Two weeks ago, President Trump announced that Barack Obama had “tapped” his “phones,” during the final month of the 2016 presidential campaign.
This claim was not based on conclusive intelligence, but, rather, on Trump’s wild extrapolations from news reports he misread.
That may sound like the snarky presumption of a liberal blogger. But it isn’t. It’s the president’s official story. Asked by Tucker Carlson how he came to discover that his predecessor had spied on him, Trump replied:
Well, I’ve been reading about things. I read in, I think it was January 20 a New York Times article where they were talking about wiretapping. There was an article, I think they used that exact term. I read other things. I watched your friend Bret Baier the day previous where he was talking about certain very complex sets of things happening, and wiretapping. I said, ‘Wait a minute; there’s a lot of wiretapping being talked about.’ I’ve been seeing a lot of things
… So if I tweet two or three or four or five times a day, and if most of them are good — and I really want them all to be good — but if I make one mistake in a month — this one, I don’t think is going to prove to be a mistake at all.
The Times article that Trump cites — as his primary source — did have the words “wiretapped data” in its headline. But the story was about intelligence agencies monitoring Russian officials — and how, through that regular surveillance, they may have discovered contacts between those officials and Trump associates. The article says nothing about Trump Tower being surveilled, let alone about Obama wiretapping Donald Trump, himself.
Notably, the president has previously described precisely this kind of article — a report by the “failing” New York Times, based on anonymous sources, insinuating a connection between Trump and Russia — as “fake news” that should not be believed.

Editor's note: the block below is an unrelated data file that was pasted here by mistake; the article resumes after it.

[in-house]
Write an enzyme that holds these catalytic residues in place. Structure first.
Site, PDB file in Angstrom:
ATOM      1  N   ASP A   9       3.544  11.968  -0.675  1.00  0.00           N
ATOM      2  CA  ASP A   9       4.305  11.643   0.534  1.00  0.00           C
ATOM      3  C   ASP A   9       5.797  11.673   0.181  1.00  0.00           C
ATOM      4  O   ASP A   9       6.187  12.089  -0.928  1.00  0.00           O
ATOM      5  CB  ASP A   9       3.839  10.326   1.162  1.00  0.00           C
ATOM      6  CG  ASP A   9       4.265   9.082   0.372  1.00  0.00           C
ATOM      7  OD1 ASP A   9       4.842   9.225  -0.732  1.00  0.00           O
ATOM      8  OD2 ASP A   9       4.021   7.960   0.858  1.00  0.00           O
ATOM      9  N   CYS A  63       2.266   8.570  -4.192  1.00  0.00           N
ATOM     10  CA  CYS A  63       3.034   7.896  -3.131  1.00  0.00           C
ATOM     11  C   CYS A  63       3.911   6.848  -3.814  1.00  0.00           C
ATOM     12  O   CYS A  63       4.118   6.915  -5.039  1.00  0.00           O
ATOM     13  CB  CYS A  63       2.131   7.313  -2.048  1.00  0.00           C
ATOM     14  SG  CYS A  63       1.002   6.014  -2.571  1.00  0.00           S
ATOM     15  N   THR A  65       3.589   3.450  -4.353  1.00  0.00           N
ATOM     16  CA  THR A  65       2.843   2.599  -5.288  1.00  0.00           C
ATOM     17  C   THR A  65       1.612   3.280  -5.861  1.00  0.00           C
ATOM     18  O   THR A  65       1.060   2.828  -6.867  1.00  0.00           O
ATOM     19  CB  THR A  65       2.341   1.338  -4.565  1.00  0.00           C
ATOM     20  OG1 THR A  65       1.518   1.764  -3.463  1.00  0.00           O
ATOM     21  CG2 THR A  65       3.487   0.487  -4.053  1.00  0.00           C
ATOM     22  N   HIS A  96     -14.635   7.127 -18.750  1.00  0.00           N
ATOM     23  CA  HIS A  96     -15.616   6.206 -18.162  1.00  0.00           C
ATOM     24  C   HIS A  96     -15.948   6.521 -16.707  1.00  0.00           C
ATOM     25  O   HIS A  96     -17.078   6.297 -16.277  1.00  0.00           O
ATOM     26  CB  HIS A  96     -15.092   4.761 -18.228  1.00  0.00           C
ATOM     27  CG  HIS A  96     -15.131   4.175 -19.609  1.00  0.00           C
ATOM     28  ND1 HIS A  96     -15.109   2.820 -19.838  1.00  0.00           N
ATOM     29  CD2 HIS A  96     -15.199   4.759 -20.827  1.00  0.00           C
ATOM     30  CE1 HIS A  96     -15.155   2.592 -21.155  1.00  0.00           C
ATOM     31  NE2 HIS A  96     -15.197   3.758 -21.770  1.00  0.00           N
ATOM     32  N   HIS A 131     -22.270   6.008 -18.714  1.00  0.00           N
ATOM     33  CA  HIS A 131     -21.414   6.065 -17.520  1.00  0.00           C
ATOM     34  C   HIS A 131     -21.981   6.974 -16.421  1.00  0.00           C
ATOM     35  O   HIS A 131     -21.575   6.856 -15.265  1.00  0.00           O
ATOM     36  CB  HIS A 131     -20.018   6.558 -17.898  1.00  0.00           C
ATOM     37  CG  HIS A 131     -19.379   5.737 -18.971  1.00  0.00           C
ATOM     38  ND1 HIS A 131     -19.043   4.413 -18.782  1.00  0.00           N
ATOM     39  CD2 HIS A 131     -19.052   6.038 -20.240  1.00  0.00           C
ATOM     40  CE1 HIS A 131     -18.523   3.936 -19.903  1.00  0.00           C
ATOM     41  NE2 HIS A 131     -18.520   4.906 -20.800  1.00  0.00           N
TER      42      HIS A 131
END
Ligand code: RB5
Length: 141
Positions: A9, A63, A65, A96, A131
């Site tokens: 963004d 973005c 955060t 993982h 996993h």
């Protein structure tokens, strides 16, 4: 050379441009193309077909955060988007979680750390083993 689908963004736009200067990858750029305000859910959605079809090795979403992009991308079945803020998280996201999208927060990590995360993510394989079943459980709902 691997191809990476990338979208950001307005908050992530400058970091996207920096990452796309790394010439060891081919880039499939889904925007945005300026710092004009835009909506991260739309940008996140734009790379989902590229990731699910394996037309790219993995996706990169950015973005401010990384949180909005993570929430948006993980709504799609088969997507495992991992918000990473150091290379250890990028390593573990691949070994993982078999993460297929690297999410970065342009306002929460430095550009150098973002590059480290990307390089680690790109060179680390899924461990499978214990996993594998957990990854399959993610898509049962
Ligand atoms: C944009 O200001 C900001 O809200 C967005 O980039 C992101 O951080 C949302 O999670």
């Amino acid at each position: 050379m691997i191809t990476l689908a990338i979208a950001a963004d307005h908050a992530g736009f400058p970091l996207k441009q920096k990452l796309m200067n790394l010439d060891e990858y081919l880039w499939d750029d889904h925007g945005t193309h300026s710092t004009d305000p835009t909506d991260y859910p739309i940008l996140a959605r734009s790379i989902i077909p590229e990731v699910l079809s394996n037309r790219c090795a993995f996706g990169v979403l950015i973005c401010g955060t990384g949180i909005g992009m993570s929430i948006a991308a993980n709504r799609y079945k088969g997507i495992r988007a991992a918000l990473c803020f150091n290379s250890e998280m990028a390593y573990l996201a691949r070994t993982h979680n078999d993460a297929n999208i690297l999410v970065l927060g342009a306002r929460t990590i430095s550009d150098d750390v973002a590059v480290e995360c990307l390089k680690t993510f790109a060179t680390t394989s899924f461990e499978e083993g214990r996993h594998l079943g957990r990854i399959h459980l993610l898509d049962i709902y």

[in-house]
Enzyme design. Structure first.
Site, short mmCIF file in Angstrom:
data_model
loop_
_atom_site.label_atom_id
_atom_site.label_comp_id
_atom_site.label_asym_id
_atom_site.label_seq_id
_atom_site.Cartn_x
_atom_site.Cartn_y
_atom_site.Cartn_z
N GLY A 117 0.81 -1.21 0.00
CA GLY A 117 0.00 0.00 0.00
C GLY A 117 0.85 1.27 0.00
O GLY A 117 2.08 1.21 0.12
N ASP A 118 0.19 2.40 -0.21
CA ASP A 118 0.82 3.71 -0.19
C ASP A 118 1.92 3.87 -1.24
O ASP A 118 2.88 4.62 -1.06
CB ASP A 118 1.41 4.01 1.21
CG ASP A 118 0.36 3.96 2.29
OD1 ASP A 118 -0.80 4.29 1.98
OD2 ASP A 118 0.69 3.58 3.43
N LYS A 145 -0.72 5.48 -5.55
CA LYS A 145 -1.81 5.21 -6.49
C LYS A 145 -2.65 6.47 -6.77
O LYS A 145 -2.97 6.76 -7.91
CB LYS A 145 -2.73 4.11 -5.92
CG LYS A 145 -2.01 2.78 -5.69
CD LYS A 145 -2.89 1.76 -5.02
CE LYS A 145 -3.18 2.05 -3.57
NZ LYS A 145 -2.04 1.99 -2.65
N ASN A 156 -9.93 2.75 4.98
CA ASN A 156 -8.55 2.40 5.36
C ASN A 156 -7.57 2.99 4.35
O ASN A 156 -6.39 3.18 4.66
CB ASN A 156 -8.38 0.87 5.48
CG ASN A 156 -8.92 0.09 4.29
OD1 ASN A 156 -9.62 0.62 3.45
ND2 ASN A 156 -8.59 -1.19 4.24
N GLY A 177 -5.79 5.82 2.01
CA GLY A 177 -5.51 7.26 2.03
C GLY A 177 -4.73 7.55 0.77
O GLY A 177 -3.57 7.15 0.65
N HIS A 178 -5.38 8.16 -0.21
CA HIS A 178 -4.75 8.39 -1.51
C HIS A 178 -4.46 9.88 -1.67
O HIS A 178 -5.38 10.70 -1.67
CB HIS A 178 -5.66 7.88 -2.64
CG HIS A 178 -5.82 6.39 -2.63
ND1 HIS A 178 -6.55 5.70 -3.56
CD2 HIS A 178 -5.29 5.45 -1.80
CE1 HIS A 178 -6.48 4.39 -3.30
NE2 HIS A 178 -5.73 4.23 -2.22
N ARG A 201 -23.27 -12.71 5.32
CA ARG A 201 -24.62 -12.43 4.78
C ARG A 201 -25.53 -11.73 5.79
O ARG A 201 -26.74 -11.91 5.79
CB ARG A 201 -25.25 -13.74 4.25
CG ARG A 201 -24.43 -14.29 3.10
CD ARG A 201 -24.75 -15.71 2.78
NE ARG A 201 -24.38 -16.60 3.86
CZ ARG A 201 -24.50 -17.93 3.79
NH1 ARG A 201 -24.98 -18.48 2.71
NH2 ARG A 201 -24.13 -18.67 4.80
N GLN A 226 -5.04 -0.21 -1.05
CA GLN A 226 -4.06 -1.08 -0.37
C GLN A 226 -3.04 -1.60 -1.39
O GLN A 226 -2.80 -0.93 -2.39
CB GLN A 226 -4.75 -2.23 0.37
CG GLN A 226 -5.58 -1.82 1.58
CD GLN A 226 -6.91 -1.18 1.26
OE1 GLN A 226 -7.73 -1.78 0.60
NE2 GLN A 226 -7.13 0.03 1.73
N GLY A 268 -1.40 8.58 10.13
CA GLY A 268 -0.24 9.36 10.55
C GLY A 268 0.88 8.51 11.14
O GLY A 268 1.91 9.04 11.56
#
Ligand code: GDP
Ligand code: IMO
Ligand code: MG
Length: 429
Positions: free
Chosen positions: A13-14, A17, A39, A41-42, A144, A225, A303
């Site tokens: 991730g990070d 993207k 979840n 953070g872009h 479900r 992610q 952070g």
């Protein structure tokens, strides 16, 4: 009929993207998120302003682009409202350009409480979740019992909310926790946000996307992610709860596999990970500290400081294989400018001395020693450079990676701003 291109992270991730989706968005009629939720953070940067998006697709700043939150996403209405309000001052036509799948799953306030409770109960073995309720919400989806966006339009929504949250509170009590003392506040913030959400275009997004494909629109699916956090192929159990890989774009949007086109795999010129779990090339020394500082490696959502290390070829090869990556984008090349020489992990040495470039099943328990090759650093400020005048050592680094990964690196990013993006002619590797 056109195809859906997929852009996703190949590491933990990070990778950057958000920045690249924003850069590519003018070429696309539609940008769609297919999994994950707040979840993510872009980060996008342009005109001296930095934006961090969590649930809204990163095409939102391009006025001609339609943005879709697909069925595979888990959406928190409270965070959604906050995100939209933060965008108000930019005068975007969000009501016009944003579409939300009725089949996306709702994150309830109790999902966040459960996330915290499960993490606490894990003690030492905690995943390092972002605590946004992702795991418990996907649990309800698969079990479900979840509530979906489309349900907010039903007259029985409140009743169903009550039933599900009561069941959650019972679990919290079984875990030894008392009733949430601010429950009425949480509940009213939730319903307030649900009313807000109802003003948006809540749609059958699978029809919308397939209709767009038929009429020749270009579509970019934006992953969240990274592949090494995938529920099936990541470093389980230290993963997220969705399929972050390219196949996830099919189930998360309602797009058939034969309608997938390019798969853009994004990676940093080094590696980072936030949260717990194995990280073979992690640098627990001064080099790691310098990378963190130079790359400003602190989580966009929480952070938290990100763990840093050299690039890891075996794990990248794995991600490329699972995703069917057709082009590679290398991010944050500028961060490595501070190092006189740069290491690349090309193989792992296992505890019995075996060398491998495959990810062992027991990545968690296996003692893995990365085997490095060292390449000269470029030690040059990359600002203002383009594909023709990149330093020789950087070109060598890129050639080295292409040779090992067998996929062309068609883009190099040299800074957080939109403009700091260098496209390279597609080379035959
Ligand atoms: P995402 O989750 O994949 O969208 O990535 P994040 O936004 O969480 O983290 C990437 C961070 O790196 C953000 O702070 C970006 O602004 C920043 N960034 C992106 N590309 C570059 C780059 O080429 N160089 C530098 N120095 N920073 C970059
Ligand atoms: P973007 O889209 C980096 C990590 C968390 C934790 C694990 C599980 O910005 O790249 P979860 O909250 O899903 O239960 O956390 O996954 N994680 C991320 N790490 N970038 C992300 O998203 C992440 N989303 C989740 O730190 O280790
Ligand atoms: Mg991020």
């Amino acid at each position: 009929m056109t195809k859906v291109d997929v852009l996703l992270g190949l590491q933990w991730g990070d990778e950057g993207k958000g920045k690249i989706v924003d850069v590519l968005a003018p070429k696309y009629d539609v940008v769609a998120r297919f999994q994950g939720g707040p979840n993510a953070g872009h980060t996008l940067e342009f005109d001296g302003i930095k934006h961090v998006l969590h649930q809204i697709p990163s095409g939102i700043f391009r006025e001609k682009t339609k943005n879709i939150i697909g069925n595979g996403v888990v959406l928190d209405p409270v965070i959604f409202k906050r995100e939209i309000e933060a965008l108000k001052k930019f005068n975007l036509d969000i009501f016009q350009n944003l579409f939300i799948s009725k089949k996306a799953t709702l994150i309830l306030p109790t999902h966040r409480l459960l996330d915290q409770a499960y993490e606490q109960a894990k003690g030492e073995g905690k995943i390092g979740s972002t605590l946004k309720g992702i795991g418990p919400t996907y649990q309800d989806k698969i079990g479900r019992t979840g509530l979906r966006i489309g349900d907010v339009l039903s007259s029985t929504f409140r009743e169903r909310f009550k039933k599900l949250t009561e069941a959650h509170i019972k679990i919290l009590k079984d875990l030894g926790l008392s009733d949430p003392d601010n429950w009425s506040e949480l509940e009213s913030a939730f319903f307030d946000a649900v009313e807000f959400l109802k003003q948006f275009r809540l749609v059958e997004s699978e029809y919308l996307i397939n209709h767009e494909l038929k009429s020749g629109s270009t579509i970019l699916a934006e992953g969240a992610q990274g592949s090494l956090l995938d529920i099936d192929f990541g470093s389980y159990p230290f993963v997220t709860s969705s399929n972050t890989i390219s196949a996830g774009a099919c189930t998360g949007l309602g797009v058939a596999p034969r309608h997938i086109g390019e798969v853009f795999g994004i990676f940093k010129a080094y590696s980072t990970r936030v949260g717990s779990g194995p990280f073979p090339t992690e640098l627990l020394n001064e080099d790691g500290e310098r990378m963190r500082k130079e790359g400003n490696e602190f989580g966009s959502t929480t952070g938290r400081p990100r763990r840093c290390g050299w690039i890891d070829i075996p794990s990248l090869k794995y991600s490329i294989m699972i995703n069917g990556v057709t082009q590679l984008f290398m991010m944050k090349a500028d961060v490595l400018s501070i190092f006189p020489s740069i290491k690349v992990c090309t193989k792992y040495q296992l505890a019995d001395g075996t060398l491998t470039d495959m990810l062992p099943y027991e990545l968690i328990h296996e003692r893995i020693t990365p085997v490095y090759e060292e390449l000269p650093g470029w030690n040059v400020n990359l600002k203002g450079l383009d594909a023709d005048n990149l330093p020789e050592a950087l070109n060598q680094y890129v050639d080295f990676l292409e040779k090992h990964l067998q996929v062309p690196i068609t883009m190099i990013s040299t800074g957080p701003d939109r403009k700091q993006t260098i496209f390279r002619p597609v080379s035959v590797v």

In that same interview with Carlson, Trump said that the word wiretap “covers a lot of different things” — a claim that makes little sense, given that the president repeatedly said his phones had been tapped.
So, to review, the president says that his claim:
(1) Was based solely on news reports (which do not support his claim).
(2) Should not be interpreted literally.
(3) Probably wasn’t a mistake, although, if he makes “one mistake in a month” on Twitter, that’s actually pretty good.
On Thursday, the Senate Intelligence Committee joined the House Intelligence Committee in saying it had found no evidence to support Trump’s claim.
Considering that the president has (essentially) admitted that he doesn’t have any evidence to support it either, you’d think the White House would throw in the towel. After all, if we’re not supposed to take Trump literally, then, ostensibly, the president is merely accusing the Obama administration of investigating ties between his associates and Russia. This is probably true — but it is, also, a claim that the Trump administration has previously denied.
In other words: The Trump administration doesn’t want to admit that the president made a bad tweet. But it also doesn’t want to admit that American intelligence agencies found cause to investigate ties between the president and Russia. And it’s hard to see how it can do both.
But on Thursday, Sean Spicer found a way — and soured diplomatic relations with the United Kingdom, in the process.
“Three intelligence sources have informed Fox News that President Obama went outside the chain of command,” the White House press secretary said Thursday, quoting Fox News commentator Judge Andrew Napolitano. “He didn’t use the NSA, he didn’t use the CIA, he didn’t use the FBI and he didn’t use the Department of Justice. He used GCHQ. What is that? It’s the initials for the British intelligence-finding agency. So, simply by having two people saying to them president needs transcripts of conversations involving candidate Trump’s conversations, involving President-elect Trump, he’s able to get it and there’s no American fingerprints on this. Putting the published accounts and common sense together, this leads to a lot.”
Obama deputized the redcoats!
Apparently, Spicer was so taken by how elegantly this reconciles the president’s contradictory claims, it didn’t occur to him that accusing a core ally’s intelligence service of participating in the illegal surveillance of an American presidential candidate might not sit well with said ally.
“Recent allegations made by media commentator Judge Andrew Napolitano about GCHQ being asked to conduct ‘wiretapping’ against the then president-elect are nonsense,” GCHQ said in a rare public statement. “They are utterly ridiculous and should be ignored.”
The White House has promised the British government that it will not accuse its spies of wiretapping Donald Trump ever again, U.K. prime minister Theresa May’s official spokesman said Friday.